Determining Drug Dosing in Adults with Chronic Kidney Disease
Knowing a patient’s kidney function when dosing medicine excreted by the kidneys is important to prescribing the correct amount of medicine for the patient.
Selecting Estimating Equations to Determine Kidney Function
The U.S. Food and Drug Administration (FDA) does not favor or recommend the use of a specific estimating equation for assessing drug dosage adjustments in patients with impaired kidney function. General recommendations are to adopt newer, more accurate equations as they evolve.
Despite the differences in estimating equations, there are often minimal differences in the drug dosage adjustments calculated, regardless of the equation used to estimate kidney function. A large simulation study in 2009 compared estimated glomerular filtration rate (eGFR) and estimated creatinine clearance (eCrCl) calculated from standardized creatinine values to each other and to gold-standard measurements of GFR. The results of the study suggest that, for the majority of patients and for most drugs tested, there was little difference in the recommended drug dose.1
Currently, the Chronic Kidney Disease Epidemiology Collaboration (CKD-EPI) creatinine- and cystatin C-based equations, notably the 2021 CKD-EPI equations,2 are the newest and should be considered when possible. When the eGFR may have a direct effect on drug dosing, notably when the eGFR is close to a drug dosage cut off point, consider use of the combined 2021 CKD-EPI creatinine-cystatin C equation, which provides higher accuracy and decreased bias.
Considerations for Body Surface Area
Body surface area (BSA) is an important factor when estimating GFR because kidney function is proportional to kidney size, which is proportional to BSA. As such, BSA adjustment is necessary when comparing a patient's kidney function to normal values or to the levels defining the stages of CKD.
However, while adjusting for BSA may help assess if a patient’s kidney function is proportional to his or her body size, it may distort the association with drug clearance, as clearance of drugs is only related to GFR and not to body size or BSA. Therefore, adjusting for BSA is not usually necessary for determining drug dosing except in patients whose body size is very different than average.
Some of the most commonly used eGFR equations—such as the CKD-EPI and Modification of Diet in Renal Disease (MDRD) Study equations—estimate GFR adjusted for BSA. Given that the estimating equations that adjust for BSA assume an average BSA of 1.73m2, you can remove the correction for BSA in patients with BSA different than the standard (1.73m2) by multiplying the reported eGFR by the estimated BSA and divide by 1.73m2.
The eGFR (mL/min) for drug dosing can be expressed as: eGFR (mL/min/1.73 m2) x BSA/1.73
Note: BSA can be obtained from a standard nomogram or can be calculated using equations such as3:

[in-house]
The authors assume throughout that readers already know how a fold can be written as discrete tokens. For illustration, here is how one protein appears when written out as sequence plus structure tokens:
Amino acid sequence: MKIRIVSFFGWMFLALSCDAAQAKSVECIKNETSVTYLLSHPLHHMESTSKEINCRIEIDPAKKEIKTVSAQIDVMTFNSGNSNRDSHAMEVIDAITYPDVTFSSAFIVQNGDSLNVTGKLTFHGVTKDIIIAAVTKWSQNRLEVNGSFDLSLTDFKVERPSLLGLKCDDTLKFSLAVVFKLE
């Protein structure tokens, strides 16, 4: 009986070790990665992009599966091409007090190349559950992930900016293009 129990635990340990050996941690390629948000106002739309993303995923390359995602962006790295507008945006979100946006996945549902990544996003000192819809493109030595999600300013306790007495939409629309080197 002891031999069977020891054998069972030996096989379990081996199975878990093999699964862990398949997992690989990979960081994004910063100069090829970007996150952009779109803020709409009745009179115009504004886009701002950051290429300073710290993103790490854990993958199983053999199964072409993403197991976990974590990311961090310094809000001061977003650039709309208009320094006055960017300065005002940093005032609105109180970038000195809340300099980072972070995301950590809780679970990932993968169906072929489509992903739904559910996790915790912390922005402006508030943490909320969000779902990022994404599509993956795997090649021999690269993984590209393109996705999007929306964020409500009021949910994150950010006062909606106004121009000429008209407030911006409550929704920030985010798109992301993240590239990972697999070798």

Limitations of Serum Creatinine-based Estimating Equations
Serum creatinine-based estimating equations have limitations that should be considered when assessing kidney function and drug dosing. The serum concentration of creatinine is influenced by factors other than GFR—differences in size, muscle mass, and diet—as well as differences in the rate of tubular secretion. Measurement of GFR using cystatin C, measured creatinine clearance (CrCl), or exogenous filtration markers should be considered for people in whom estimates based on serum creatinine alone may be inaccurate, such as patients with very large or small body sizes, or when prescribing drugs with narrow therapeutic indices.4
Dosage Adjustments on FDA Drug Labels
FDA-approved drug labels provide information to inform drug dosage for patients with impaired kidney function. Dosing recommendations on drug labels have been developed using a variety of methods to assess kidney function, including
- serum creatinine
- measured CrCl
- eCrCl using the Cockcroft-Gault, MDRD Study,5 or CKD-EPI (20096 and 2021) equations
Drugs developed before 2005 may have labels developed prior to the standardized calibration of creatinine assays and reporting eGFR calculated using the MDRD Study and CKD-EPI equations. Given the evolution of eGFR methods and timing of when drugs were approved, the dosing recommendation for some drugs may be based on estimating equations that are no longer the most accurate estimates. Read about the FDA’s guidance on pharmacokinetics and drug dosing in individuals with impaired renal function.
This content is provided as a service of the National Institute of Diabetes and Digestive and Kidney Diseases
(NIDDK), part of the National Institutes of Health. The NIDDK translates and disseminates research findings to increase knowledge and understanding about health and disease among patients, health professionals, and the public. Content produced by the NIDDK is carefully reviewed by NIDDK scientists and other experts.